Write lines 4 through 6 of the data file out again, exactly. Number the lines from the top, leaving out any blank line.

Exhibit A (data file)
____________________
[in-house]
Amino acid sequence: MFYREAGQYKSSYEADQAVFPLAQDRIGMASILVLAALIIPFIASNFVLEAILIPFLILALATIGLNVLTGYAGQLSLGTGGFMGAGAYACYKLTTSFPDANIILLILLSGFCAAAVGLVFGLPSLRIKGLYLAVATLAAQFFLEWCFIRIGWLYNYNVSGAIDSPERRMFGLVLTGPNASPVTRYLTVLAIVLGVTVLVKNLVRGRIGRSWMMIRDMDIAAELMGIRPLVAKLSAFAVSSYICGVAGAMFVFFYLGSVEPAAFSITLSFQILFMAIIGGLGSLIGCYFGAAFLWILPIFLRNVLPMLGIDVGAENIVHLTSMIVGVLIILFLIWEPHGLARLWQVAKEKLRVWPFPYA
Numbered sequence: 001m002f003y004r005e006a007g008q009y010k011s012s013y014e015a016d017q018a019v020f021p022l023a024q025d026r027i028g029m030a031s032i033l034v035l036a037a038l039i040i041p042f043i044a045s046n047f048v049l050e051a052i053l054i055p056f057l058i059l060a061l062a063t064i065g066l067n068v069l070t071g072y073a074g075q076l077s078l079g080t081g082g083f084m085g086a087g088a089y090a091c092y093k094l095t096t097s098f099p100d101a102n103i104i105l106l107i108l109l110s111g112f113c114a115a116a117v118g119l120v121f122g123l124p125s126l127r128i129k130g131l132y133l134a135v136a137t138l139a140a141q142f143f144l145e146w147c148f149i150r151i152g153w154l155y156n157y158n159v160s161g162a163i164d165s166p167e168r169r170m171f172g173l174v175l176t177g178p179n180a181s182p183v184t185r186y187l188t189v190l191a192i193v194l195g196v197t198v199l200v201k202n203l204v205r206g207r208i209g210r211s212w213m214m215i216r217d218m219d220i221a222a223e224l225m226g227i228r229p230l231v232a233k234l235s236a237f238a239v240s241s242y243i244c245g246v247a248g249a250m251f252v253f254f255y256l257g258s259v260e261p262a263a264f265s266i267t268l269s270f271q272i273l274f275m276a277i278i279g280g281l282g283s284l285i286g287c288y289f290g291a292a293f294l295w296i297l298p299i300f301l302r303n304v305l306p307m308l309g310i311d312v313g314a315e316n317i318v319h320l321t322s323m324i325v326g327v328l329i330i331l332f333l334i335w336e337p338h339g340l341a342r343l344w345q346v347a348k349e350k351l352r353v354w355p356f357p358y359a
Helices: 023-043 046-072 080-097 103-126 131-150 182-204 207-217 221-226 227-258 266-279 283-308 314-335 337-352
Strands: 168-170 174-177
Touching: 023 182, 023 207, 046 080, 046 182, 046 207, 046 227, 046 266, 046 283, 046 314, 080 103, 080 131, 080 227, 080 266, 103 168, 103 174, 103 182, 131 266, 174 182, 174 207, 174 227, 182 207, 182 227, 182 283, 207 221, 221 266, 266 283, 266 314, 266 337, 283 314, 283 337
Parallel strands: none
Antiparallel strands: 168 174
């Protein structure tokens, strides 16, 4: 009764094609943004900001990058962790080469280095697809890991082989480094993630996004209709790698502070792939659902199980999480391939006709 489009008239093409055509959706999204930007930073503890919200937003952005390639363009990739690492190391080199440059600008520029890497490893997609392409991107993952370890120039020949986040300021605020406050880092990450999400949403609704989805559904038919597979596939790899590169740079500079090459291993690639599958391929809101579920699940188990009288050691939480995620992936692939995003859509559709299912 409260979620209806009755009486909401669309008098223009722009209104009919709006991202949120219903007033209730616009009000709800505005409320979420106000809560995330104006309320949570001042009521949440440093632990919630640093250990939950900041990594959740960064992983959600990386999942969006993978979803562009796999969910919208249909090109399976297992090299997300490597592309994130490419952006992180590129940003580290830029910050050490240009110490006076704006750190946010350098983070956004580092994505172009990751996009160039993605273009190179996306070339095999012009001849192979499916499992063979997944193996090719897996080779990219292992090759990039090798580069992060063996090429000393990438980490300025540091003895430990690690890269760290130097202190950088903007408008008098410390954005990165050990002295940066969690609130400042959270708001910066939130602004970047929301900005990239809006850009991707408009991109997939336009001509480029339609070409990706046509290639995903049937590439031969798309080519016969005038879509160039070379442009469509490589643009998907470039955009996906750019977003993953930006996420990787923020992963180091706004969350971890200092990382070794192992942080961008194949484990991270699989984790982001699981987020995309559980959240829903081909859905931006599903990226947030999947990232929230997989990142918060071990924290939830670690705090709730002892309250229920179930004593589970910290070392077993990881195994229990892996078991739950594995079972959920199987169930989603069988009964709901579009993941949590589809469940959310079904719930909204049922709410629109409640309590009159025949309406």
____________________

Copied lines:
Helices: 023-043 046-072 080-097 103-126 131-150 182-204 207-217 221-226 227-258 266-279 283-308 314-335 337-352
Strands: 168-170 174-177
Touching: 023 182, 023 207, 046 080, 046 182, 046 207, 046 227, 046 266, 046 283, 046 314, 080 103, 080 131, 080 227, 080 266, 103 168, 103 174, 103 182, 131 266, 174 182, 174 207, 174 227, 182 207, 182 227, 182 283, 207 221, 221 266, 266 283, 266 314, 266 337, 283 314, 283 337